Child protection team report notes need for child welfare workerPublished 10:04pm Monday, April 21, 2014
Polk County Commissioners heard recently that there were 270 child protection reports made in 2013 with 199 of those meeting the legal criteria for an assessment/investigation.
Polk County’s community child protection team said this year’s requests include to restore the Polk County Department of Social Service (DSS) welfare position, requiring Polk’s mental health local management entity (LME) Smoky Mountain Center to aggressively pursue an intensive outpatient treatment provider for substance abuse in the county and to provide funding for more training in child abuse and neglect.
Commissioners met April 7 and reviewed the 2013 Polk County Community Child Fatality Prevention and Protection Team report.
The Polk County Department of Social Services (DSS) has had a total of 48 children in its legal custody this year with 41 in legal custody as of April 7, DSS director Lou Parton told commissioners.
Commissioner Ray Gasperson said the county has talked about support for keeping children in their own homes in the past saying DSS has made him realize how much better a child is when DSS works with the family.
Parton said that it is better to work to try to keep children from being removed from their homes. She said the school system does a great job and if the county could open up afterschool programs for all children that would help. She said the community helps children and is an added protection for a family.
Parton said one issue is substance abuse and there is currently no outpatient service in the county.
Child protection team member and child forensic interviewer Kiesa Kay told commissioners the single thing they could do in addition to requiring Smoky Mountain to have outpatient services is to restore the child welfare position in DSS.
She said the staff is doing the very best it can with the resources it has.
“You are in the power to restore that position and I pray that you will,” Kay said.
Parton also said it would be helpful to have some additional funding to offer more community awareness. Parton mentioned a “Darkness to Light” training currently being done by Kay, which shows the impacts of child sexual abuse. She said if there was extra funding DSS could try to offer additional training to the community as well as for child protection team members.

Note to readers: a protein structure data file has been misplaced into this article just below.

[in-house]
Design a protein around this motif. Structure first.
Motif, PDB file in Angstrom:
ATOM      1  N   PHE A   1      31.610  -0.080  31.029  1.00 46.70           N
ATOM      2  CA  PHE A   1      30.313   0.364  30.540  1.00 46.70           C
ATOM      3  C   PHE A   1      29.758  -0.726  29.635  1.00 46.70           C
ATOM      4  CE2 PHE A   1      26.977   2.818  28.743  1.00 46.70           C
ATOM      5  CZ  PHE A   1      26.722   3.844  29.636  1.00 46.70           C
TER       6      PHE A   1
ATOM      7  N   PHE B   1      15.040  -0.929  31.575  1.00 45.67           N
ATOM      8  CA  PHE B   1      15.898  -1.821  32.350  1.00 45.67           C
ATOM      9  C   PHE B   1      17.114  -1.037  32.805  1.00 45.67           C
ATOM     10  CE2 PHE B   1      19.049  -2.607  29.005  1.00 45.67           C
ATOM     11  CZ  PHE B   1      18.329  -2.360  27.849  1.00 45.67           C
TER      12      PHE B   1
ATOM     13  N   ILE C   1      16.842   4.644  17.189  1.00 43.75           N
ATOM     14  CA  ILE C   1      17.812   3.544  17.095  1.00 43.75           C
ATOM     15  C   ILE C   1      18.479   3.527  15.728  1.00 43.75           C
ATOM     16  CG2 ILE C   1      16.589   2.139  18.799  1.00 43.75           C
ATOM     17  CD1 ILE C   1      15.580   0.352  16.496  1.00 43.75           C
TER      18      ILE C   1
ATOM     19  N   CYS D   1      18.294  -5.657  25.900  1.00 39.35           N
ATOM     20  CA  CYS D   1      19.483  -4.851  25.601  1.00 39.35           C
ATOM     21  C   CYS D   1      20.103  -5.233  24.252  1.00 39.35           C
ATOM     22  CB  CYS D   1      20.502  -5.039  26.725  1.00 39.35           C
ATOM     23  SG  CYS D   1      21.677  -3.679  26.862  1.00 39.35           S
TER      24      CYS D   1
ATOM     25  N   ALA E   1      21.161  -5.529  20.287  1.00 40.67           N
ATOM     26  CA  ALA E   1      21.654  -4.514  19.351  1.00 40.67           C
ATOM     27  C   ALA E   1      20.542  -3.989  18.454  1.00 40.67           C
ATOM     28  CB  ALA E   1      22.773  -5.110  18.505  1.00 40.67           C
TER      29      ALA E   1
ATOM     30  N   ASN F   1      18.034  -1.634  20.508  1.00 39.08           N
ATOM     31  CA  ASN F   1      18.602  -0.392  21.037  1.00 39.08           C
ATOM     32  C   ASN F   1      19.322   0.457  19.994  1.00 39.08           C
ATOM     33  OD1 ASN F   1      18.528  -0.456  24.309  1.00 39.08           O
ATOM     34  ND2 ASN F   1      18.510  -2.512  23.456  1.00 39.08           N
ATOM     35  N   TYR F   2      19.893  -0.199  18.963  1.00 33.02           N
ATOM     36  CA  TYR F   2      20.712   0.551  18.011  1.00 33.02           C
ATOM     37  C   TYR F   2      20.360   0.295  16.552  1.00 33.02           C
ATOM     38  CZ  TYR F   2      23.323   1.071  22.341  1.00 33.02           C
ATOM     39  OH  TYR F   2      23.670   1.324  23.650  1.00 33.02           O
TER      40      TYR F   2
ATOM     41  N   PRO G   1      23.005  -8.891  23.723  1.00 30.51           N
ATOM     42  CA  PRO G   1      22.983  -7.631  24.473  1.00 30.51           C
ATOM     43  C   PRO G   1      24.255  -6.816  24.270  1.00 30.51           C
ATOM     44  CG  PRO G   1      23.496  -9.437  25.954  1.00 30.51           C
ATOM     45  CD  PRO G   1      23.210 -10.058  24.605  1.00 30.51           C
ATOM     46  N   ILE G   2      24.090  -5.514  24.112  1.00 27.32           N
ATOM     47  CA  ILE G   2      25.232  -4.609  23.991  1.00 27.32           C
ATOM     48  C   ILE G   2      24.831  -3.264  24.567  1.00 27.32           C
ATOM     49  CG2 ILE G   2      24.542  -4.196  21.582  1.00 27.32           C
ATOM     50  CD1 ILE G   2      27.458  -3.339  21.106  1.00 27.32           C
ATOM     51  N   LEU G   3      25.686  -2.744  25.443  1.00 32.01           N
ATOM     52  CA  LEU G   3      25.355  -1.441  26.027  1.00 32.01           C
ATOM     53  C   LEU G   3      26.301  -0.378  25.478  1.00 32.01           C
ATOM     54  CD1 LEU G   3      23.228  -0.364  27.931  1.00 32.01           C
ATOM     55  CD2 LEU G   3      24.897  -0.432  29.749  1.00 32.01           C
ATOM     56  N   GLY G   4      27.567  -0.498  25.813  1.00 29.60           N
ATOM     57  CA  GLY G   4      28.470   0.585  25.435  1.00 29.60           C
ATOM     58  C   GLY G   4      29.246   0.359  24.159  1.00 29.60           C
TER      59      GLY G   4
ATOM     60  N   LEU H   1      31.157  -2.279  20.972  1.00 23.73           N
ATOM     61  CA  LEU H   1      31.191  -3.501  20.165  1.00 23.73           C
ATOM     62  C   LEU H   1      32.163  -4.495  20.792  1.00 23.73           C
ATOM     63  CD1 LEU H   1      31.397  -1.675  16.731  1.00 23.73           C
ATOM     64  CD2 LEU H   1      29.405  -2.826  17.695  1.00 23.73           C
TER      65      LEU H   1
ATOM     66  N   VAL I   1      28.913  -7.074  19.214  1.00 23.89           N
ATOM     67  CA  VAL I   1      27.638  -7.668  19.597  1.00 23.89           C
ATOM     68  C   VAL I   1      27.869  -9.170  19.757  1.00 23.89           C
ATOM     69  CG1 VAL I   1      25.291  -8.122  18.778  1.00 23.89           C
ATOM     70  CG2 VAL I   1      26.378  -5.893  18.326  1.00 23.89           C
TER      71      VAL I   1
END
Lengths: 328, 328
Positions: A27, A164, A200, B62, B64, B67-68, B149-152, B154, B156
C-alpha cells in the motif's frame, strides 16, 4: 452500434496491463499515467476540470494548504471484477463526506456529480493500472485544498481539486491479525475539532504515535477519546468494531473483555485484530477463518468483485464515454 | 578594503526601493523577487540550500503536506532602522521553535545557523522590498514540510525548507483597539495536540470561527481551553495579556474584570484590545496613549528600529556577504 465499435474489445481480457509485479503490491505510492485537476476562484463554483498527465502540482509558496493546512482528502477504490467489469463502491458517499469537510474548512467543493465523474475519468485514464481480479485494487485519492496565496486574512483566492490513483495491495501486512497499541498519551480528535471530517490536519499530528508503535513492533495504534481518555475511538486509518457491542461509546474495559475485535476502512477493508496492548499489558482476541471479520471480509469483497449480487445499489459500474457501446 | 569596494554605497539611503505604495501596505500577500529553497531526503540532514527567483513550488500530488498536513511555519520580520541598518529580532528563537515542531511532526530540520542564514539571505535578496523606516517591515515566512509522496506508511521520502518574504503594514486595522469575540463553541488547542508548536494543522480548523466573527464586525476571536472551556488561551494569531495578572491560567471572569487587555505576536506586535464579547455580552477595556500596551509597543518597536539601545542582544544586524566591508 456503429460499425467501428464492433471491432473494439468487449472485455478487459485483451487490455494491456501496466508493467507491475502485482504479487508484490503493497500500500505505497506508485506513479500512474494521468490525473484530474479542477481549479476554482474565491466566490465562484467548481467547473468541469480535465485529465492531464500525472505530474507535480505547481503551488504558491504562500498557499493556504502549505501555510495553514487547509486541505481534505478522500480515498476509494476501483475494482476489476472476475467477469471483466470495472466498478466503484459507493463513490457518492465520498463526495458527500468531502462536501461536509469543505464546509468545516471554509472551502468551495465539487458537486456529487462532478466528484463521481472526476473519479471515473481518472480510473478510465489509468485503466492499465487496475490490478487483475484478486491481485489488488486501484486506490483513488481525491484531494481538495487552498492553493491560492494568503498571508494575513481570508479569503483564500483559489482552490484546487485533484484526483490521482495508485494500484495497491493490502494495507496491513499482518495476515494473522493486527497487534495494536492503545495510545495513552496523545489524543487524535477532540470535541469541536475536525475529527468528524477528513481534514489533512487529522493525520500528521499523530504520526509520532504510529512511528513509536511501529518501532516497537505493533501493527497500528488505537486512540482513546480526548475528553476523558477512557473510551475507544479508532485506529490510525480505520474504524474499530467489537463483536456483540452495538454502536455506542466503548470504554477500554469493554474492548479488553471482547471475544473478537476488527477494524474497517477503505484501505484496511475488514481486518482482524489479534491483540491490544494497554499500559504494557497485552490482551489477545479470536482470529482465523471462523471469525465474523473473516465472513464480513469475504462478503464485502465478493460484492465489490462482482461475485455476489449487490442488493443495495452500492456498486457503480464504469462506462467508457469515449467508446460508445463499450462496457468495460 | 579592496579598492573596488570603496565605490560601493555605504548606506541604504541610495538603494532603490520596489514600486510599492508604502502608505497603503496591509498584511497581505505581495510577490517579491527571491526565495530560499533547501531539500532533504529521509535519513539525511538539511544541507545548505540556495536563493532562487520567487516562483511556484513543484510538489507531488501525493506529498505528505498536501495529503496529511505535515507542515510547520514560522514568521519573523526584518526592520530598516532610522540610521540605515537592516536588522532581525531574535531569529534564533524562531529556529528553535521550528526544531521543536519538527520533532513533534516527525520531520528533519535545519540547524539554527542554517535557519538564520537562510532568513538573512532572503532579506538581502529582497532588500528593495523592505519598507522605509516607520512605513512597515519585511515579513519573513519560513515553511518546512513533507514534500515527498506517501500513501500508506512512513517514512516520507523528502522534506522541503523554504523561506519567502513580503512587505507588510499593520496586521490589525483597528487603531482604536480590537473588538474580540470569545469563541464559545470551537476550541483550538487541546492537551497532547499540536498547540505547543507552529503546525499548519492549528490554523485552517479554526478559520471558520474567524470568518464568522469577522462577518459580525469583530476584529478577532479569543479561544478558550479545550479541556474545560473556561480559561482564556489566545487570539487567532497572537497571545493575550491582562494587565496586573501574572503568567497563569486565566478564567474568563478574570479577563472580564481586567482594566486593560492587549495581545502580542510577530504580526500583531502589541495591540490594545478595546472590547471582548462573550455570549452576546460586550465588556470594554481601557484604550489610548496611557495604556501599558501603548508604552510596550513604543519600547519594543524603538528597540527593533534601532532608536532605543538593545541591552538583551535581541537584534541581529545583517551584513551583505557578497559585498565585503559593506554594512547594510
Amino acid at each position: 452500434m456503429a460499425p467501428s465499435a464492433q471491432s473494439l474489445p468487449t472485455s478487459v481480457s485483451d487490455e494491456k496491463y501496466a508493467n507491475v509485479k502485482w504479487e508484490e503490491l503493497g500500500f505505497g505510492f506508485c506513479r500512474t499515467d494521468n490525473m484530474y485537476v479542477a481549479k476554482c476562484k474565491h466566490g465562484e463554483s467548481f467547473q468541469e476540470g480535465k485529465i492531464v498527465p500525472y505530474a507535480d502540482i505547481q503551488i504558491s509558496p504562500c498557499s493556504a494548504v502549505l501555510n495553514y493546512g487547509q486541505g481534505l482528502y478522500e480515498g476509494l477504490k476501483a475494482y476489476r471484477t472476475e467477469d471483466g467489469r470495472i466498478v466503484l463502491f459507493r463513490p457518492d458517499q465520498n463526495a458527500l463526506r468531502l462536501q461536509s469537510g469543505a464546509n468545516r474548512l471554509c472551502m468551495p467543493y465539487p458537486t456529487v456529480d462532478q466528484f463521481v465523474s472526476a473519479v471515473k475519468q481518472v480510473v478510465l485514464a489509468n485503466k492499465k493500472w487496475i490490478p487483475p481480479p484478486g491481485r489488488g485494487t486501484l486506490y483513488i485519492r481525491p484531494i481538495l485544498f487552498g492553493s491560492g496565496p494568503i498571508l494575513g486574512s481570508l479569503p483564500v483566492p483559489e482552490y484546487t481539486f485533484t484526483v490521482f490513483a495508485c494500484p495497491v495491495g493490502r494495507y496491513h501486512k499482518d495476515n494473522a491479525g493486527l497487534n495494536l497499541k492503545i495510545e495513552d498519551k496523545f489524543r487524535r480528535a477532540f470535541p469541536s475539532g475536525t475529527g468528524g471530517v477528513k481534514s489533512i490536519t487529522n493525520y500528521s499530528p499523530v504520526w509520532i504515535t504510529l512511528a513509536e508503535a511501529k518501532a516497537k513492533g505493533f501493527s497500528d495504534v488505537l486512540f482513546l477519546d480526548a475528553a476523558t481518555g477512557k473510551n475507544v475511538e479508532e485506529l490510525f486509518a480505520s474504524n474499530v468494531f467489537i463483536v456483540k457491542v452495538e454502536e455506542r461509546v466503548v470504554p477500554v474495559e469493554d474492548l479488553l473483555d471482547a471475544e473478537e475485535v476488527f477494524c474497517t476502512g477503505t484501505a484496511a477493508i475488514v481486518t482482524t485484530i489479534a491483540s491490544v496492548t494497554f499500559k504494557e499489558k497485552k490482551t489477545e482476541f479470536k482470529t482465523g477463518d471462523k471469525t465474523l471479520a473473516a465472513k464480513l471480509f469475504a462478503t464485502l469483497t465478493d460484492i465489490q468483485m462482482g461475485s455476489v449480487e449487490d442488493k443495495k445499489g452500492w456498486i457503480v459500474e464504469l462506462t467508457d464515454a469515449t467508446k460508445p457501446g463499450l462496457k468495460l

“I know I’m going to take this with me and into the budget and keep this in mind,” said commissioner vice chair Michael Gage.
In 2013, Polk County’s DSS provided child protective services to an average of 66 families each month.
The Community Child Fatality Prevention and Protection Team reviewed four child protective cases during 2013. Three of the cases involved serious neglect and one involved both abuse and neglect.
“Fortunately, there were no child deaths or injuries meeting the requirements for review,” states the protection team’s report.
During the child protective service reviews, the following were identified by the team relating to child maltreatment:
Substance abuse, domestic violence, mental health issues, physical abuse, poor parenting skills (inappropriate supervision, inappropriate discipline), child custody issues, limited family support, family discord, emotional abuse, unstable and inadequate living arrangements, poverty, unemployment, financial stressors, insufficient services in community and unreliable transportation.
Gaps in services, system deficiencies or other barriers to child protection included reduction in DSS child welfare staff to adequately provide thorough assessments and services to children and families; limited law enforcement resources to address illegal drug manufacture, use and trade; limited mental health resources; lack of recovery connections/poor support systems for parents attempting to break away from their substance misuse; limited decent/legal employment opportunities for low skill/education levels and lack of organized substance abuse prevention programs.
Strategies to address gaps include to restore DSS child welfare position; continue child abuse and neglect community awareness emphasis; advocate for increased law enforcement resources; advocate for a drug court to address specific substance abuse related crimes with treatment oriented sentencing; free-standing abuse group/treatment with a minimal fee; develop mental health resources to move from crisis mode to a recovery community with care coordination/management; local management entity be more aggressive in developing appropriate services, specifically, intensive outpatient program for substance abuse treatment and develop a “triage” methodology for service provision-invest available resources in individuals motivated for change with most potential for success.
The team’s report concluded that many of the issues presented in previous reports to commissioners still remain the same.
“Sustance abuse, mental health, unstable living situations, inadequate parenting, domestic violence, etc. all impact the health and wellness of families affected by child abuse and neglect and thus our entire community,” states the report. “In your role as Polk County Commissioner, we ask that each of you be aware of the needs that are prevalent and the opportunities you have to make a difference.”
The Darkness to Light Stewards of Children training is scheduled for April 29 from 4:30 to 6:30 p.m. at Steps to HOPE in Columbus. For more information email firstname.lastname@example.org.